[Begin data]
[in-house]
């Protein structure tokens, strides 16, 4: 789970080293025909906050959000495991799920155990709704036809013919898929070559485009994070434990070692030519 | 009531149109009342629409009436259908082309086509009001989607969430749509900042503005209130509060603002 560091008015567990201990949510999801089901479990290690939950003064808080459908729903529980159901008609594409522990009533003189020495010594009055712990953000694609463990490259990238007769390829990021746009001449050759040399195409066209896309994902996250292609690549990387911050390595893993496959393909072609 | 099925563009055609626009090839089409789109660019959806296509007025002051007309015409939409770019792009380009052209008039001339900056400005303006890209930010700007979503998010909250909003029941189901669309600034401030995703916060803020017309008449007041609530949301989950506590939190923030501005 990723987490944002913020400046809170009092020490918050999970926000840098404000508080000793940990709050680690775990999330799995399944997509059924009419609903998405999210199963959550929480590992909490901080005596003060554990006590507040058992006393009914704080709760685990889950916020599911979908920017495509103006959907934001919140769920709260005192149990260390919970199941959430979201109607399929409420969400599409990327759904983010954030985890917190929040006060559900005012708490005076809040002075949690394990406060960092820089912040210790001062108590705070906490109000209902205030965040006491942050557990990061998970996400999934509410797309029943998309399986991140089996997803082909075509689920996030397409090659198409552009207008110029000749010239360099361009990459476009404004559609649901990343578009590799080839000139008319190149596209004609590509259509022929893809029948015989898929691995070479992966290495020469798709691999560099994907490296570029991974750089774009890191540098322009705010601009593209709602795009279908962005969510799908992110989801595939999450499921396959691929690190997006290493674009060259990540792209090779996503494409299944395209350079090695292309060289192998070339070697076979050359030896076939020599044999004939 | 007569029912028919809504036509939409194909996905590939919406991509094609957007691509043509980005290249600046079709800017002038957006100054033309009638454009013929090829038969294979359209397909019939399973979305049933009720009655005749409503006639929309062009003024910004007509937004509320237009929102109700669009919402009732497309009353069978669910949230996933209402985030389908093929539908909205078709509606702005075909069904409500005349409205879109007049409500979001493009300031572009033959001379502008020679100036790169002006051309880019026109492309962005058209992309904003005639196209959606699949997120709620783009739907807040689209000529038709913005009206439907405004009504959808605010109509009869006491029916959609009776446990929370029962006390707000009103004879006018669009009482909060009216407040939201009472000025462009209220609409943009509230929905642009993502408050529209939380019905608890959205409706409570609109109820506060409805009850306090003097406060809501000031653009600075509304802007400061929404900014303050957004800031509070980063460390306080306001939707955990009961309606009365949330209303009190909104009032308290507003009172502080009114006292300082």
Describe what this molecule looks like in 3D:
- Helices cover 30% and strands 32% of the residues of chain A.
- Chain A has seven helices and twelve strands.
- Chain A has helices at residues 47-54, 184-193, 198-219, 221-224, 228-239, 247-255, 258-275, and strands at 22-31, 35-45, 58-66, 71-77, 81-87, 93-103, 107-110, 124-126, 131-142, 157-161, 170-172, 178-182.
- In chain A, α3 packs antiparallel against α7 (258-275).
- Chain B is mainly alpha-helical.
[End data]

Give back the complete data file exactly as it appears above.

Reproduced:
[in-house]
């Protein structure tokens, strides 16, 4: 789970080293025909906050959000495991799920155990709704036809013919898929070559485009994070434990070692030519 | 009531149109009342629409009436259908082309086509009001989607969430749509900042503005209130509060603002 560091008015567990201990949510999801089901479990290690939950003064808080459908729903529980159901008609594409522990009533003189020495010594009055712990953000694609463990490259990238007769390829990021746009001449050759040399195409066209896309994902996250292609690549990387911050390595893993496959393909072609 | 099925563009055609626009090839089409789109660019959806296509007025002051007309015409939409770019792009380009052209008039001339900056400005303006890209930010700007979503998010909250909003029941189901669309600034401030995703916060803020017309008449007041609530949301989950506590939190923030501005 990723987490944002913020400046809170009092020490918050999970926000840098404000508080000793940990709050680690775990999330799995399944997509059924009419609903998405999210199963959550929480590992909490901080005596003060554990006590507040058992006393009914704080709760685990889950916020599911979908920017495509103006959907934001919140769920709260005192149990260390919970199941959430979201109607399929409420969400599409990327759904983010954030985890917190929040006060559900005012708490005076809040002075949690394990406060960092820089912040210790001062108590705070906490109000209902205030965040006491942050557990990061998970996400999934509410797309029943998309399986991140089996997803082909075509689920996030397409090659198409552009207008110029000749010239360099361009990459476009404004559609649901990343578009590799080839000139008319190149596209004609590509259509022929893809029948015989898929691995070479992966290495020469798709691999560099994907490296570029991974750089774009890191540098322009705010601009593209709602795009279908962005969510799908992110989801595939999450499921396959691929690190997006290493674009060259990540792209090779996503494409299944395209350079090695292309060289192998070339070697076979050359030896076939020599044999004939 | 007569029912028919809504036509939409194909996905590939919406991509094609957007691509043509980005290249600046079709800017002038957006100054033309009638454009013929090829038969294979359209397909019939399973979305049933009720009655005749409503006639929309062009003024910004007509937004509320237009929102109700669009919402009732497309009353069978669910949230996933209402985030389908093929539908909205078709509606702005075909069904409500005349409205879109007049409500979001493009300031572009033959001379502008020679100036790169002006051309880019026109492309962005058209992309904003005639196209959606699949997120709620783009739907807040689209000529038709913005009206439907405004009504959808605010109509009869006491029916959609009776446990929370029962006390707000009103004879006018669009009482909060009216407040939201009472000025462009209220609409943009509230929905642009993502408050529209939380019905608890959205409706409570609109109820506060409805009850306090003097406060809501000031653009600075509304802007400061929404900014303050957004800031509070980063460390306080306001939707955990009961309606009365949330209303009190909104009032308290507003009172502080009114006292300082």
Describe what this molecule looks like in 3D:
- Helices cover 30% and strands 32% of the residues of chain A.
- Chain A has seven helices and twelve strands.
- Chain A has helices at residues 47-54, 184-193, 198-219, 221-224, 228-239, 247-255, 258-275, and strands at 22-31, 35-45, 58-66, 71-77, 81-87, 93-103, 107-110, 124-126, 131-142, 157-161, 170-172, 178-182.
- In chain A, α3 packs antiparallel against α7 (258-275).
- Chain B is mainly alpha-helical.